Cards firmly on the tavern table. I’ve been a fan of Falconer since picking up the second album – probably so far back it was in an actual record shop rather than arriving in a white van driven by a pleasant and polite man of Eastern European descent on a Saturday morning. Hooked on the honeyed vocals of Mathias Blad, the black-metallised folk power melodies of Stefan Weinerhall and so often drenched in melancholy like a finely matured cheese rather than the typical cheddar normally served up in power metal circles. I suspect many Falconer fans have followed a similar path to me. The first album was the template, the second repeated the formula while adding some new ideas along the way (my favourite even through, on reflection, the first is arguably Falconer’s finest); the disappointment that Blad was not to be found on the third and fourth albums (then guiltily revisiting both years later in the spirit of reconciliation to find in hindsight that Grime Vrs Grandeur is every bit as good as some of the other albums and even the more esoteric Sceptre rewards committed listening). The glorious return, if slightly bloated, Northwind, the salivating, unrivalled hooks of the epic Among Beggars and Thieves and the nagging disappointment of the last two releases…. Patchy sometimes in the latter years but always with flashes of brilliance even when otherwise falling short: Locust Swarm shines even though I’ve returned numerous times to Black Moon Rising to find it otherwise more or less bereft of Falconer’s usual frisson.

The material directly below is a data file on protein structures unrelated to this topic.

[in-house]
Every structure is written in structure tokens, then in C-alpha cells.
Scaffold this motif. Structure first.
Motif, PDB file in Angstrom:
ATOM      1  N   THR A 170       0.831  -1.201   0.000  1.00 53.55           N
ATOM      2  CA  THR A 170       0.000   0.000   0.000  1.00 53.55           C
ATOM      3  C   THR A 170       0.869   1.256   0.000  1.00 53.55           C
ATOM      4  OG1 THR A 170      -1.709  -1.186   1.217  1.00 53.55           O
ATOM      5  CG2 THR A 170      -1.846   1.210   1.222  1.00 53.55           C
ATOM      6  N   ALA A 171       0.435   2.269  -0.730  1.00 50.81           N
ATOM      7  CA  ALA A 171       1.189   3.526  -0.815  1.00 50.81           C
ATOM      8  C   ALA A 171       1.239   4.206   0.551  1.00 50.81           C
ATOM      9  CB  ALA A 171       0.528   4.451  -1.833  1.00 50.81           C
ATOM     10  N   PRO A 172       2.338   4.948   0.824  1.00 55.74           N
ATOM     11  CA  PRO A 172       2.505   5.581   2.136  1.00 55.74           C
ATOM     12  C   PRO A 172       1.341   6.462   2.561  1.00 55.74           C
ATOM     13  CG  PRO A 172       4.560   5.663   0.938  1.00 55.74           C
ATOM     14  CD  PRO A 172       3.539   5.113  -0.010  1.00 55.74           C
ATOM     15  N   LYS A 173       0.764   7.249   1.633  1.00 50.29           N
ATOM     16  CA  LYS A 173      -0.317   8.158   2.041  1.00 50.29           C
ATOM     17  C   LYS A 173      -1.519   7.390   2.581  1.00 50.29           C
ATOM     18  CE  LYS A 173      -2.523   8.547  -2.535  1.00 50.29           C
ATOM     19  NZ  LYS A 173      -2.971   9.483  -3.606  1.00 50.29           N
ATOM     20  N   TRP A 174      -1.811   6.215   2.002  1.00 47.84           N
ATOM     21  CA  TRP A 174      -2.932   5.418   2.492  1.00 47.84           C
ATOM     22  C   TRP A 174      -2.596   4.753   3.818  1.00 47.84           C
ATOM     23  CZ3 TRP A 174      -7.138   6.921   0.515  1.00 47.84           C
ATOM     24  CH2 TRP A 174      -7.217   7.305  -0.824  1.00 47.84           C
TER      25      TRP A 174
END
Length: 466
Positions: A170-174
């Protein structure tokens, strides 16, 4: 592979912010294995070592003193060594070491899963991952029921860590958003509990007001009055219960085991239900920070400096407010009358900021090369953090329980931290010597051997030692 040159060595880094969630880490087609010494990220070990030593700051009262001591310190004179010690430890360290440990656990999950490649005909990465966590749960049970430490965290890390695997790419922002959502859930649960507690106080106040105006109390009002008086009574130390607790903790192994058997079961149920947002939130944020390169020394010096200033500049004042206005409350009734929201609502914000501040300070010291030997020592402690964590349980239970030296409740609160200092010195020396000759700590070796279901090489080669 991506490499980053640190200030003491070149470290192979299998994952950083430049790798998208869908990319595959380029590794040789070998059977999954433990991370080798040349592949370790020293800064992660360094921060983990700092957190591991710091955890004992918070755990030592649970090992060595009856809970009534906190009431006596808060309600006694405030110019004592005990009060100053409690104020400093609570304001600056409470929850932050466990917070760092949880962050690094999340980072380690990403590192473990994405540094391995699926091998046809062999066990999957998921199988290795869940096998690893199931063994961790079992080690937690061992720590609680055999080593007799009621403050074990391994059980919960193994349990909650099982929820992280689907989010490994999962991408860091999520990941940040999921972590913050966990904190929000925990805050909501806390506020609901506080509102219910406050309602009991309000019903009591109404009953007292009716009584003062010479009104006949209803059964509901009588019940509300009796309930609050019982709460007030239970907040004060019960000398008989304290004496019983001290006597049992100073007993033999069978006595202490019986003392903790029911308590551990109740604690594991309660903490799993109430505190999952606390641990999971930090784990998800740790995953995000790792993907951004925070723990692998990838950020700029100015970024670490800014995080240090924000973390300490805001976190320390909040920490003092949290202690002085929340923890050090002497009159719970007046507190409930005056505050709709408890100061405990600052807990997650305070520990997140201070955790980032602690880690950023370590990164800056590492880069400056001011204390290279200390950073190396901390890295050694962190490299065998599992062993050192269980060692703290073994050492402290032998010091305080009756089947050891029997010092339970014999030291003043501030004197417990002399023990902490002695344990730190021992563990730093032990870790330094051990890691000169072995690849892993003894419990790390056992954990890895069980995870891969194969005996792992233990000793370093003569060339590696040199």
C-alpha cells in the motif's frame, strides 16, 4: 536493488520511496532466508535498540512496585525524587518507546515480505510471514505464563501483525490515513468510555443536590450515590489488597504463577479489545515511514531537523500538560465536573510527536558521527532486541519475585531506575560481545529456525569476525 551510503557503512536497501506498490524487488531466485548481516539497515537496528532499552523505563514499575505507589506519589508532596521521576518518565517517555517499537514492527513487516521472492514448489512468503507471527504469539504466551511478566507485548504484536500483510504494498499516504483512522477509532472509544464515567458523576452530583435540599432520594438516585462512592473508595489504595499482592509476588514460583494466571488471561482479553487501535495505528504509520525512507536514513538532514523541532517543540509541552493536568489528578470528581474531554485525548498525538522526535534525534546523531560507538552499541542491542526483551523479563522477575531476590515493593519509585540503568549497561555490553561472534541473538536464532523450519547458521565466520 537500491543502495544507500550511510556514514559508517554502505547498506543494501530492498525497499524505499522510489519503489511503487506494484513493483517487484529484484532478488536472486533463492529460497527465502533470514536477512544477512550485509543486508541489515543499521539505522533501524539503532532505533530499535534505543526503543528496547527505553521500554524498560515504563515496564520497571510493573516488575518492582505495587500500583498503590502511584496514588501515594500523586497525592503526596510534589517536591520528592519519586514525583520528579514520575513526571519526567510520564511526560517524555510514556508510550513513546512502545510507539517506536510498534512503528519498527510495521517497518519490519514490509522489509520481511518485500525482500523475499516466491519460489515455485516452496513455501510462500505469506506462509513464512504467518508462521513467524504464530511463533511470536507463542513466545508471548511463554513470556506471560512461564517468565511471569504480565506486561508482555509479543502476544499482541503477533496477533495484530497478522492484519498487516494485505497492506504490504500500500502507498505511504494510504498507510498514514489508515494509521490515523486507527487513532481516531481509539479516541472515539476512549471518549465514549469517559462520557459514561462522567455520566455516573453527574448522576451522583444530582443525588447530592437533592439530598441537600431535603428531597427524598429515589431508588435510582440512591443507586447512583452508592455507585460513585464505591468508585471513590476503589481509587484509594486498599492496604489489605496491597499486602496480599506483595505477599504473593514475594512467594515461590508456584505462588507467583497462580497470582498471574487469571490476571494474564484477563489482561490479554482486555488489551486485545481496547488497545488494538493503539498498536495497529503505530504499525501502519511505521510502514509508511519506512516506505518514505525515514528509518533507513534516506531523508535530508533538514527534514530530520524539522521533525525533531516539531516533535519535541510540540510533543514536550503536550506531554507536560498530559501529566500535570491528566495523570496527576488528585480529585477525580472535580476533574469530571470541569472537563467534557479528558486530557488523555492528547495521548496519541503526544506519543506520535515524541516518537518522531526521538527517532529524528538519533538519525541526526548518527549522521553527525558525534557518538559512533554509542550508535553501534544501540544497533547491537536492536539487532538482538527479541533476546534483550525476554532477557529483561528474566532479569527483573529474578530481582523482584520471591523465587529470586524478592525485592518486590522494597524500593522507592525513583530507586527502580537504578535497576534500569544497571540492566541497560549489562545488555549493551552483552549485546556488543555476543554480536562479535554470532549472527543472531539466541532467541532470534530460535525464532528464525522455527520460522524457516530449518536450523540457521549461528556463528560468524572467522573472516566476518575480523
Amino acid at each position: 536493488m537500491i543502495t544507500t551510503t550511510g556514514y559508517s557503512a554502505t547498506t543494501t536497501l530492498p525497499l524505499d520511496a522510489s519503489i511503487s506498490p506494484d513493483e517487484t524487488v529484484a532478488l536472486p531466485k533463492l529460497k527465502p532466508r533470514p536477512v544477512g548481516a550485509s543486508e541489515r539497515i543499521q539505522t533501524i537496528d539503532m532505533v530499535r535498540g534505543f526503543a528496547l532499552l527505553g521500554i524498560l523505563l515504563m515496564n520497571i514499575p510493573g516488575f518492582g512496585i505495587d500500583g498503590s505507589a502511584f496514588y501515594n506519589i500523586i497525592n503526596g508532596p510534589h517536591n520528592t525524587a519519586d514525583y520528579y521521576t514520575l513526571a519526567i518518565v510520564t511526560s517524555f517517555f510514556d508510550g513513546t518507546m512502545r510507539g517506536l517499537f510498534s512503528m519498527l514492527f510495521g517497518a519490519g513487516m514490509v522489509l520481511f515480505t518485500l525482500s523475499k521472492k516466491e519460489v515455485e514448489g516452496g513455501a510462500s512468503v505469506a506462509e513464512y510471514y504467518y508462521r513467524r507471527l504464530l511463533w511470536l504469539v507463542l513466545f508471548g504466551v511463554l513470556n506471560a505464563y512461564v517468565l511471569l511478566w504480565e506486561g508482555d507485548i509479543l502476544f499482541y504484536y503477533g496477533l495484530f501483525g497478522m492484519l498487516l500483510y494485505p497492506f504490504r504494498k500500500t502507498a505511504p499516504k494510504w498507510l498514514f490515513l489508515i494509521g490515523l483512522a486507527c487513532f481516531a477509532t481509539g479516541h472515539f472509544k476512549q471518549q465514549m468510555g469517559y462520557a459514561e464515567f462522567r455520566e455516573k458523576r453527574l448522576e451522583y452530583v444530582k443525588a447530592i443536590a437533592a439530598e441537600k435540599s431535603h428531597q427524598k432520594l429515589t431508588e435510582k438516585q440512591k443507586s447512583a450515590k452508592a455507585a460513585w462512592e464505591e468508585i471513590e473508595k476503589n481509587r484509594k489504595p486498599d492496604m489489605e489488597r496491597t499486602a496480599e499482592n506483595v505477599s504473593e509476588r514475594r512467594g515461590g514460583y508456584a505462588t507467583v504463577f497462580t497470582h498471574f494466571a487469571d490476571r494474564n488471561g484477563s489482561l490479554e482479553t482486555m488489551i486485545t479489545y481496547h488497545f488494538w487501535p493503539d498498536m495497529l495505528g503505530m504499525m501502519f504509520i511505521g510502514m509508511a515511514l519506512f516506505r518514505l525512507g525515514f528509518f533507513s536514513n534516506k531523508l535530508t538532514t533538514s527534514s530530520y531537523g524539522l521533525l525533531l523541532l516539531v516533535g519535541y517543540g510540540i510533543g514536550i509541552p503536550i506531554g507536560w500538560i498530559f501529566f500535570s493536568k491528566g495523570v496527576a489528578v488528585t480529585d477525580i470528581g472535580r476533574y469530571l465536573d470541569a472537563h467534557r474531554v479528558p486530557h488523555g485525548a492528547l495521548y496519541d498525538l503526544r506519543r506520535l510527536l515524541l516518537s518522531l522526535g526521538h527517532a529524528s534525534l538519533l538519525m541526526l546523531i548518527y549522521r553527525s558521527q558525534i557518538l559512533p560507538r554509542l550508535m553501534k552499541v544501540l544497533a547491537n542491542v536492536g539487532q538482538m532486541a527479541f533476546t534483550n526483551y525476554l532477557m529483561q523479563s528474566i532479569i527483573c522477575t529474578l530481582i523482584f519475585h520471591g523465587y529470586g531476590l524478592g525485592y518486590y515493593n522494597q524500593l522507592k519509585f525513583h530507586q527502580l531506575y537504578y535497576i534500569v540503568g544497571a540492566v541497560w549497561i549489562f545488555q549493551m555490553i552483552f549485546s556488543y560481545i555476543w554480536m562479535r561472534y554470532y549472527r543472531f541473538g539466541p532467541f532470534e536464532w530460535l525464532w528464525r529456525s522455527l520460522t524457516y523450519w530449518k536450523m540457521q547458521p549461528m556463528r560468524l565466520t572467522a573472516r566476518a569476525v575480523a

From a Dying Ember, by comparison, is soaked in it from start to finish. Not only that, it seems to take the best elements of everything that has gone before and provides a welcome evolutionary step as a result. Black Moon’s driving heaviness, the soaring cheeseboard hooks of Northwind, the epic tales of Beggars and the frothy, overflowing charm of the first two releases. Blad’s bardic vocals fly on swirling speed metal wings and dance with some of the best guitar solos I think I’ve ever heard on a Falconer album; intense and memorable riffs abound and at times feel heavier ever before; and the sing-song folk breaks will bring a melancholy tear to the eye as well as a shiver of emotion down the spine. Choruses that could have hung slightly are ramped up with some powerful arrangements that means middle ranking tracks that might have otherwise dragged like Redeem and Repent or Testify also sparkle (and meaning that second, third and fourth listens are required before some tracks really catch hold). Add all that together and the likes of Fool’s Crusade, with Blad’s vocals, some stunning guitar work, and impressive sonic landscaping, are breathed with three dimensional life because they hit you from all angles rather than merely relying on the vocals and rapier-like riffs. Other tracks like Desert Dreams and Kings and Queens are just unquestionably great tracks served up to remind you that even after nine albums and a few miss-steps along the way, this is a band that is unrivalled and probably even in a class of its own when it comes to carving a unique brand of power metal music.